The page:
This is WEEKEND EDITION from NPR News. I'm Rachel Martin.
Here's a term you're going to get really tired of in the next several weeks - if you haven't already: The fiscal cliff. It's a combination of automatic spending cuts and tax increases set to hit at the start of the year. That is, if Congress and the president fail to find a way to avoid it.
NPR's Tamara Keith has this primer.
TAMARA KEITH, BYLINE: Both House Speaker John Boehner and the president made it clear, they don't want to go off the cliff.
The post-election negotiations over taxes, the economy and the so-called fiscal cliff moved into a new phase this afternoon when President Obama stepped up to a microphone at the White House to lay out his latest thoughts about what needs to be done.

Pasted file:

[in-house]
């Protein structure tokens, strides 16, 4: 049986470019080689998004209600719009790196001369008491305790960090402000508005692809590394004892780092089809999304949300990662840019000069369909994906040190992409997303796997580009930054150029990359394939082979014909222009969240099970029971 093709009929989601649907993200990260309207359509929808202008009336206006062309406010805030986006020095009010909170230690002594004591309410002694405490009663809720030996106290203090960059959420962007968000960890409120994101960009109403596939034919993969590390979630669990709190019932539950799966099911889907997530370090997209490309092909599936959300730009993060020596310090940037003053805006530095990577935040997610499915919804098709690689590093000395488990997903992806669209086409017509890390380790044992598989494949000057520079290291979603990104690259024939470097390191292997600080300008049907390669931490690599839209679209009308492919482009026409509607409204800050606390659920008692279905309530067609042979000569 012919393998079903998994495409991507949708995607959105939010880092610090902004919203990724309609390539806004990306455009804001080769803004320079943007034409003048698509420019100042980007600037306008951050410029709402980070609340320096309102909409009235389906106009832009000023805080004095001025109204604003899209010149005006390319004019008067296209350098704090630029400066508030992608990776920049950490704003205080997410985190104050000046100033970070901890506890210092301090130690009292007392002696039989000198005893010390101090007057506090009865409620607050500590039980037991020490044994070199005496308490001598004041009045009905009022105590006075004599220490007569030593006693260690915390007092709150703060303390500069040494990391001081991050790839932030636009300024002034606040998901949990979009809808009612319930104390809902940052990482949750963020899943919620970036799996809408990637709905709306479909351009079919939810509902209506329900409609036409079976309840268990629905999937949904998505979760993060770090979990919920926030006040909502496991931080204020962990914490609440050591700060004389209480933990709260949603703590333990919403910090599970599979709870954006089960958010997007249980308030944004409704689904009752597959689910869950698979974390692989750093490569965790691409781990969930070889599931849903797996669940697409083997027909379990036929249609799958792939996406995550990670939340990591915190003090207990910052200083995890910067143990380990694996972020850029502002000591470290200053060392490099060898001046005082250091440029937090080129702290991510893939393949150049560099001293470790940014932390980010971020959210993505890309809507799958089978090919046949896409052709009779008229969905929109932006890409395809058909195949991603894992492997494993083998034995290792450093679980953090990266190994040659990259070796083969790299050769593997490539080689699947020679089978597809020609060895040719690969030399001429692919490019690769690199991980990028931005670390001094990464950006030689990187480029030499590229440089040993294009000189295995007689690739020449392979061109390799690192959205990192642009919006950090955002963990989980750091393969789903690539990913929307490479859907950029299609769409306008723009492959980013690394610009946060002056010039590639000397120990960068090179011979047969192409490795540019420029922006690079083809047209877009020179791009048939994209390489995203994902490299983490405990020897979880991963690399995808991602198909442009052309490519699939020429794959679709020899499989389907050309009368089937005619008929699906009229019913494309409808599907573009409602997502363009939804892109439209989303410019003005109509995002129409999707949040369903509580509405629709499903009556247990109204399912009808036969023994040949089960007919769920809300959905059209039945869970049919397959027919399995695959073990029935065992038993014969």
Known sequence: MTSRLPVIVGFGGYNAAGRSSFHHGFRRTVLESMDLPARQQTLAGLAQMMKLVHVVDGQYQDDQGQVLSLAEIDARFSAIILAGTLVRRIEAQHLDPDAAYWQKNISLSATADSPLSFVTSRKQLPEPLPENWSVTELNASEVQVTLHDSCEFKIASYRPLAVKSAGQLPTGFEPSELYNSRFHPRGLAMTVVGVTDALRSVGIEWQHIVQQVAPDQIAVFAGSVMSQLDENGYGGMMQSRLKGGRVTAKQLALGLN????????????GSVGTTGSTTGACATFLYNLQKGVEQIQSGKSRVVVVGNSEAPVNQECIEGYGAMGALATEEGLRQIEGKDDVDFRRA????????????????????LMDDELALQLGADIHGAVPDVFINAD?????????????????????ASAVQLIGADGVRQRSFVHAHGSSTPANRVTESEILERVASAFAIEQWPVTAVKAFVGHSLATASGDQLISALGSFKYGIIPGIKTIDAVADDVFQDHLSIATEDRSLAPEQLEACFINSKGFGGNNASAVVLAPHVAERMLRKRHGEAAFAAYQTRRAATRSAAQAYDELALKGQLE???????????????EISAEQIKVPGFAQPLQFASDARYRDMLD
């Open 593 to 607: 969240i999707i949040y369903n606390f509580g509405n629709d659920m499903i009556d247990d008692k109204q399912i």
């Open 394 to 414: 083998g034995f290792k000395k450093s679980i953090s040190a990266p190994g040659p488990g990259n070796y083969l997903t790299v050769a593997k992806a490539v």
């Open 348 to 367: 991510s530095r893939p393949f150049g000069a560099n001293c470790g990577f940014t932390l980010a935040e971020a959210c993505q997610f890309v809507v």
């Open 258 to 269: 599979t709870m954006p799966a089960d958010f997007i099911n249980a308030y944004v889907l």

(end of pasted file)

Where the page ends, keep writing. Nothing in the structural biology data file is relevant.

In many ways, this words were echoes from the hard-fought campaign.
With the election over, attention in Washington has turned to the nation's debt and deficit challenges — most immediately the looming fiscal cliff. That's the $600 billion worth of expiring tax breaks and automatic spending cuts set to start taking effect Jan. 1.
The president and Congress agreed to those automatic measures to force themselves to find a more palatable compromise to rein in deficits. On Wednesday, there was an attempt to jump-start that process.